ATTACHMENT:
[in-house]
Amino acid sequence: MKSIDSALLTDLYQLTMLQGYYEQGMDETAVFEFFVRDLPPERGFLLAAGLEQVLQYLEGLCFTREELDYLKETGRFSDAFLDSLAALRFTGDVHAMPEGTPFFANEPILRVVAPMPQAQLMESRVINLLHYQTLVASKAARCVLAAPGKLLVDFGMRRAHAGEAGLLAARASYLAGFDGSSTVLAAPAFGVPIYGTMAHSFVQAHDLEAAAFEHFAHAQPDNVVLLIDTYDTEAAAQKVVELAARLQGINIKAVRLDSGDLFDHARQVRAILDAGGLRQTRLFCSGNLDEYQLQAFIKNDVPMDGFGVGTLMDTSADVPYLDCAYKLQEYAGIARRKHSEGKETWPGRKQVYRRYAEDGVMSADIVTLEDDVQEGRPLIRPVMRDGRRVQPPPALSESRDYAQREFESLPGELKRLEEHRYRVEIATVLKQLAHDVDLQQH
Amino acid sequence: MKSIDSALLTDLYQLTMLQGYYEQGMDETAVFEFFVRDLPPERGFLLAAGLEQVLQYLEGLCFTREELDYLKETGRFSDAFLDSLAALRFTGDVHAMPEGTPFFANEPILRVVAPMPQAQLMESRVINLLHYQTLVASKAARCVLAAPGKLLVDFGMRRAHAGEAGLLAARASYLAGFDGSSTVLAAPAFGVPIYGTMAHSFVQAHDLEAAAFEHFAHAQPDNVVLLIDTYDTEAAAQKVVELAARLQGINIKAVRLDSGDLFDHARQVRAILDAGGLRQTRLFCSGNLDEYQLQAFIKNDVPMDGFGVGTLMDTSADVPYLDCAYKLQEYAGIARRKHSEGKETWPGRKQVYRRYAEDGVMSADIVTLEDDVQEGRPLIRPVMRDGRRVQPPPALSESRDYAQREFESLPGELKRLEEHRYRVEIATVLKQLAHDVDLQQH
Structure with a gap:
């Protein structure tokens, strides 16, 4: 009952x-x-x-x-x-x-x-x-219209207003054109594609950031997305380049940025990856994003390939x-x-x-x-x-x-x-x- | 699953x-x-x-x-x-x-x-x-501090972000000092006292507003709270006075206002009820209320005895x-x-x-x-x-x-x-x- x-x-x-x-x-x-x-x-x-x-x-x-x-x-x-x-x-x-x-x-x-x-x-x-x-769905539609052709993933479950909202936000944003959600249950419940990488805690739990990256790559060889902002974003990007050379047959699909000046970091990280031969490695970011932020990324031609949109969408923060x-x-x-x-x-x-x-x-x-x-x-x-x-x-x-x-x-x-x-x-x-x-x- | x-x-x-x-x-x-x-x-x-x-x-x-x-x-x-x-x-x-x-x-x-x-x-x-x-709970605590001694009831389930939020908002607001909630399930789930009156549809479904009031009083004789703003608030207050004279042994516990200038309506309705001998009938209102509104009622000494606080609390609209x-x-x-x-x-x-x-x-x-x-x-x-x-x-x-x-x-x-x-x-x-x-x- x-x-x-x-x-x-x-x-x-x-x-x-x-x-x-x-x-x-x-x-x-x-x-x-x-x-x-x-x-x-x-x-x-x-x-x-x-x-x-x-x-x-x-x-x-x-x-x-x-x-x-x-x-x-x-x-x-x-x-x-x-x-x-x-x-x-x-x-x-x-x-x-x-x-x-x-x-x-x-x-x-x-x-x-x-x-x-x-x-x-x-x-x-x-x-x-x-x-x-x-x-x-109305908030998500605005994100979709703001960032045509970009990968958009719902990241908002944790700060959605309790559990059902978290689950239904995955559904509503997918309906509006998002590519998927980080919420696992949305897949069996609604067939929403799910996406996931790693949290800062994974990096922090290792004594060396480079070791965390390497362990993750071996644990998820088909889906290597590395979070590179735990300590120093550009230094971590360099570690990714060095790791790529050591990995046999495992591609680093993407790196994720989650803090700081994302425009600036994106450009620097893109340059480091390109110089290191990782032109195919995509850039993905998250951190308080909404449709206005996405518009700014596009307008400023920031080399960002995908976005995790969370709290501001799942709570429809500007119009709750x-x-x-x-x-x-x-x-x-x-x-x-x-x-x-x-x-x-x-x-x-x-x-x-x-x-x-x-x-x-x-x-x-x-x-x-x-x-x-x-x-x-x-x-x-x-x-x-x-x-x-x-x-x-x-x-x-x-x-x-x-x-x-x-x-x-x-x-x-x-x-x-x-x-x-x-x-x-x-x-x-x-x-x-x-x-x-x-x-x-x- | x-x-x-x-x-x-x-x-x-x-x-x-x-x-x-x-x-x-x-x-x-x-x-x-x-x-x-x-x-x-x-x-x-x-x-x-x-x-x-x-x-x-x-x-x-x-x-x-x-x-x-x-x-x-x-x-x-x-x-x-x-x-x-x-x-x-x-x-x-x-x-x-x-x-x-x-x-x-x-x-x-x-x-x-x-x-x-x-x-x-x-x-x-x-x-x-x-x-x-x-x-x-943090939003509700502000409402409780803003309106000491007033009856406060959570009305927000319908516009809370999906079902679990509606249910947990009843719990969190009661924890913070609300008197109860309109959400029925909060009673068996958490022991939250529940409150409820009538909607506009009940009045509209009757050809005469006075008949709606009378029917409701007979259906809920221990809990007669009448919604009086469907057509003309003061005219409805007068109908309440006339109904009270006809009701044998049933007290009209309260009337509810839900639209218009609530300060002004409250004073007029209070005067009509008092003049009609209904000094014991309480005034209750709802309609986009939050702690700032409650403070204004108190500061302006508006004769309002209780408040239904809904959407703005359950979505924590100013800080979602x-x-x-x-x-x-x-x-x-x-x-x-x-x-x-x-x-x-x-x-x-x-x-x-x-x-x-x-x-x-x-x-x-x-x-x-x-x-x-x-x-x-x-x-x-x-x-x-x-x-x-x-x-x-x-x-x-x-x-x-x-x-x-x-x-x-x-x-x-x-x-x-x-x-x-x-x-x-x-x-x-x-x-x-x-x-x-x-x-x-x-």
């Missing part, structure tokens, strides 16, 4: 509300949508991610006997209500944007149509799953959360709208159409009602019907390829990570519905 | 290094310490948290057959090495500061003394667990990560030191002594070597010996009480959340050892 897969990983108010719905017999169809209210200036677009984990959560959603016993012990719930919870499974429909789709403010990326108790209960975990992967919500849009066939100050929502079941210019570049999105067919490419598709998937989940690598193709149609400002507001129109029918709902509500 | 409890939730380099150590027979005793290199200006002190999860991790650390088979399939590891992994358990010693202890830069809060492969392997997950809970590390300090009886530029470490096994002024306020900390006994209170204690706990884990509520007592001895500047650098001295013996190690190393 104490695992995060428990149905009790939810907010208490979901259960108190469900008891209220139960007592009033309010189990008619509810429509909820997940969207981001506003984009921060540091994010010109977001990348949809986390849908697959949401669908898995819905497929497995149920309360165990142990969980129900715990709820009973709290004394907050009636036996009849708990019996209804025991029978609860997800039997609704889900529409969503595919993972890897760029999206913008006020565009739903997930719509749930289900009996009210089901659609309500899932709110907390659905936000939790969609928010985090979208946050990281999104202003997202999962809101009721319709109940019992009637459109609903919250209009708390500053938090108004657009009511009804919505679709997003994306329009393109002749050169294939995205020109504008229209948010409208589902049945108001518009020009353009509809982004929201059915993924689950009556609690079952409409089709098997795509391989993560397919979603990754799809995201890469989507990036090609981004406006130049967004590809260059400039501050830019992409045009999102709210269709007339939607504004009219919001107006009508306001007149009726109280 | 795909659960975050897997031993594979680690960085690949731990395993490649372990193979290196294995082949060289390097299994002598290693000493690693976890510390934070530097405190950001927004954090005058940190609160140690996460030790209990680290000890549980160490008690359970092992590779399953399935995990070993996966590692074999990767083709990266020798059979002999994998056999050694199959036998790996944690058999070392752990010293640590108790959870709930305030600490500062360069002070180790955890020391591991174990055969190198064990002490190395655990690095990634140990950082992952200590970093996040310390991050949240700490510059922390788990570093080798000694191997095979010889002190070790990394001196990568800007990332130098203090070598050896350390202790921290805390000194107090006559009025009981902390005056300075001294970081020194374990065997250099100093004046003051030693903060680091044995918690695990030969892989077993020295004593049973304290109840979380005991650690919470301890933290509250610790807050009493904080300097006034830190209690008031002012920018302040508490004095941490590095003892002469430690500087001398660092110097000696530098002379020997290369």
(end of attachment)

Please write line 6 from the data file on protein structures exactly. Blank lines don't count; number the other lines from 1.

């Missing part, structure tokens, strides 16, 4: 509300949508991610006997209500944007149509799953959360709208159409009602019907390829990570519905 | 290094310490948290057959090495500061003394667990990560030191002594070597010996009480959340050892 897969990983108010719905017999169809209210200036677009984990959560959603016993012990719930919870499974429909789709403010990326108790209960975990992967919500849009066939100050929502079941210019570049999105067919490419598709998937989940690598193709149609400002507001129109029918709902509500 | 409890939730380099150590027979005793290199200006002190999860991790650390088979399939590891992994358990010693202890830069809060492969392997997950809970590390300090009886530029470490096994002024306020900390006994209170204690706990884990509520007592001895500047650098001295013996190690190393 104490695992995060428990149905009790939810907010208490979901259960108190469900008891209220139960007592009033309010189990008619509810429509909820997940969207981001506003984009921060540091994010010109977001990348949809986390849908697959949401669908898995819905497929497995149920309360165990142990969980129900715990709820009973709290004394907050009636036996009849708990019996209804025991029978609860997800039997609704889900529409969503595919993972890897760029999206913008006020565009739903997930719509749930289900009996009210089901659609309500899932709110907390659905936000939790969609928010985090979208946050990281999104202003997202999962809101009721319709109940019992009637459109609903919250209009708390500053938090108004657009009511009804919505679709997003994306329009393109002749050169294939995205020109504008229209948010409208589902049945108001518009020009353009509809982004929201059915993924689950009556609690079952409409089709098997795509391989993560397919979603990754799809995201890469989507990036090609981004406006130049967004590809260059400039501050830019992409045009999102709210269709007339939607504004009219919001107006009508306001007149009726109280 | 795909659960975050897997031993594979680690960085690949731990395993490649372990193979290196294995082949060289390097299994002598290693000493690693976890510390934070530097405190950001927004954090005058940190609160140690996460030790209990680290000890549980160490008690359970092992590779399953399935995990070993996966590692074999990767083709990266020798059979002999994998056999050694199959036998790996944690058999070392752990010293640590108790959870709930305030600490500062360069002070180790955890020391591991174990055969190198064990002490190395655990690095990634140990950082992952200590970093996040310390991050949240700490510059922390788990570093080798000694191997095979010889002190070790990394001196990568800007990332130098203090070598050896350390202790921290805390000194107090006559009025009981902390005056300075001294970081020194374990065997250099100093004046003051030693903060680091044995918690695990030969892989077993020295004593049973304290109840979380005991650690919470301890933290509250610790807050009493904080300097006034830190209690008031002012920018302040508490004095941490590095003892002469430690500087001398660092110097000696530098002379020997290369």